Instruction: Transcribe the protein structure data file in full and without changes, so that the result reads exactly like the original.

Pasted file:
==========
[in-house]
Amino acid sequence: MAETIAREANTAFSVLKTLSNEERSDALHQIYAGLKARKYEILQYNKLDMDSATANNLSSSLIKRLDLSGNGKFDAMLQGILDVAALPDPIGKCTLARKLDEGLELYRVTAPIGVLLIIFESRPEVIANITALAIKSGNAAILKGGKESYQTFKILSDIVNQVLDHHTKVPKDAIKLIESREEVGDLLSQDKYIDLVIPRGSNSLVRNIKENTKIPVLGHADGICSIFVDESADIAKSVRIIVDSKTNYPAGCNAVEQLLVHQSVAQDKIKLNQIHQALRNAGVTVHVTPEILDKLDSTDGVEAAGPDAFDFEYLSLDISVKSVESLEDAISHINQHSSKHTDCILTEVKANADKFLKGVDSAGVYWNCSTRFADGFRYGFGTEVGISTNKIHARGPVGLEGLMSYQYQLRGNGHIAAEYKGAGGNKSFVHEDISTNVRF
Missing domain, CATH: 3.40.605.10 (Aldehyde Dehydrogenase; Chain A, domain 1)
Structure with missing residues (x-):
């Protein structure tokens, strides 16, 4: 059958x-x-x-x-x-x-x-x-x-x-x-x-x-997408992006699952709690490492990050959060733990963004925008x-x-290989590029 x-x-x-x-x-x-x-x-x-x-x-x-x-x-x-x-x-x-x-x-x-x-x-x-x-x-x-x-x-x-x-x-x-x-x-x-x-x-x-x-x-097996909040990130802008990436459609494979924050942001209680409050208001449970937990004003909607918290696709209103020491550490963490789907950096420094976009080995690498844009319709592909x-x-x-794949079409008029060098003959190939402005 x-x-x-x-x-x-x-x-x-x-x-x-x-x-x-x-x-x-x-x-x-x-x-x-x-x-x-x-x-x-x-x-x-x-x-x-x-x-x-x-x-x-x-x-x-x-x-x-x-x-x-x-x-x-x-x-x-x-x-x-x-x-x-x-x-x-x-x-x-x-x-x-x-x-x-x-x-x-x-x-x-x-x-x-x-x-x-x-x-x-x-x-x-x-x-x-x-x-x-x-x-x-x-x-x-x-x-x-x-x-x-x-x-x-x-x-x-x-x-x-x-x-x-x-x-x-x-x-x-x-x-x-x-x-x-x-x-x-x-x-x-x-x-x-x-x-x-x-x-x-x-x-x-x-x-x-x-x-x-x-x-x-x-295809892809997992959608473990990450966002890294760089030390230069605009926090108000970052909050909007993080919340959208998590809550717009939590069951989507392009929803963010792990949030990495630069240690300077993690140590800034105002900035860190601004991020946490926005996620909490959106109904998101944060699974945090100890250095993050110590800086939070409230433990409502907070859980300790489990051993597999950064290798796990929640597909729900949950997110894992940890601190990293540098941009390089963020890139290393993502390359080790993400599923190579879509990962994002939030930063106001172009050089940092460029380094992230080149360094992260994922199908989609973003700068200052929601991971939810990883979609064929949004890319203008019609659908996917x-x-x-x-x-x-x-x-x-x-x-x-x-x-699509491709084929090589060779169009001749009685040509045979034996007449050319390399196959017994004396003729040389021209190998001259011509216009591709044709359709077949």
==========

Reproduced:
[in-house]
Amino acid sequence: MAETIAREANTAFSVLKTLSNEERSDALHQIYAGLKARKYEILQYNKLDMDSATANNLSSSLIKRLDLSGNGKFDAMLQGILDVAALPDPIGKCTLARKLDEGLELYRVTAPIGVLLIIFESRPEVIANITALAIKSGNAAILKGGKESYQTFKILSDIVNQVLDHHTKVPKDAIKLIESREEVGDLLSQDKYIDLVIPRGSNSLVRNIKENTKIPVLGHADGICSIFVDESADIAKSVRIIVDSKTNYPAGCNAVEQLLVHQSVAQDKIKLNQIHQALRNAGVTVHVTPEILDKLDSTDGVEAAGPDAFDFEYLSLDISVKSVESLEDAISHINQHSSKHTDCILTEVKANADKFLKGVDSAGVYWNCSTRFADGFRYGFGTEVGISTNKIHARGPVGLEGLMSYQYQLRGNGHIAAEYKGAGGNKSFVHEDISTNVRF
Missing domain, CATH: 3.40.605.10 (Aldehyde Dehydrogenase; Chain A, domain 1)
Structure with missing residues (x-):
């Protein structure tokens, strides 16, 4: 059958x-x-x-x-x-x-x-x-x-x-x-x-x-997408992006699952709690490492990050959060733990963004925008x-x-290989590029 x-x-x-x-x-x-x-x-x-x-x-x-x-x-x-x-x-x-x-x-x-x-x-x-x-x-x-x-x-x-x-x-x-x-x-x-x-x-x-x-x-097996909040990130802008990436459609494979924050942001209680409050208001449970937990004003909607918290696709209103020491550490963490789907950096420094976009080995690498844009319709592909x-x-x-794949079409008029060098003959190939402005 x-x-x-x-x-x-x-x-x-x-x-x-x-x-x-x-x-x-x-x-x-x-x-x-x-x-x-x-x-x-x-x-x-x-x-x-x-x-x-x-x-x-x-x-x-x-x-x-x-x-x-x-x-x-x-x-x-x-x-x-x-x-x-x-x-x-x-x-x-x-x-x-x-x-x-x-x-x-x-x-x-x-x-x-x-x-x-x-x-x-x-x-x-x-x-x-x-x-x-x-x-x-x-x-x-x-x-x-x-x-x-x-x-x-x-x-x-x-x-x-x-x-x-x-x-x-x-x-x-x-x-x-x-x-x-x-x-x-x-x-x-x-x-x-x-x-x-x-x-x-x-x-x-x-x-x-x-x-x-x-x-x-x-295809892809997992959608473990990450966002890294760089030390230069605009926090108000970052909050909007993080919340959208998590809550717009939590069951989507392009929803963010792990949030990495630069240690300077993690140590800034105002900035860190601004991020946490926005996620909490959106109904998101944060699974945090100890250095993050110590800086939070409230433990409502907070859980300790489990051993597999950064290798796990929640597909729900949950997110894992940890601190990293540098941009390089963020890139290393993502390359080790993400599923190579879509990962994002939030930063106001172009050089940092460029380094992230080149360094992260994922199908989609973003700068200052929601991971939810990883979609064929949004890319203008019609659908996917x-x-x-x-x-x-x-x-x-x-x-x-x-x-699509491709084929090589060779169009001749009685040509045979034996007449050319390399196959017994004396003729040389021209190998001259011509216009591709044709359709077949």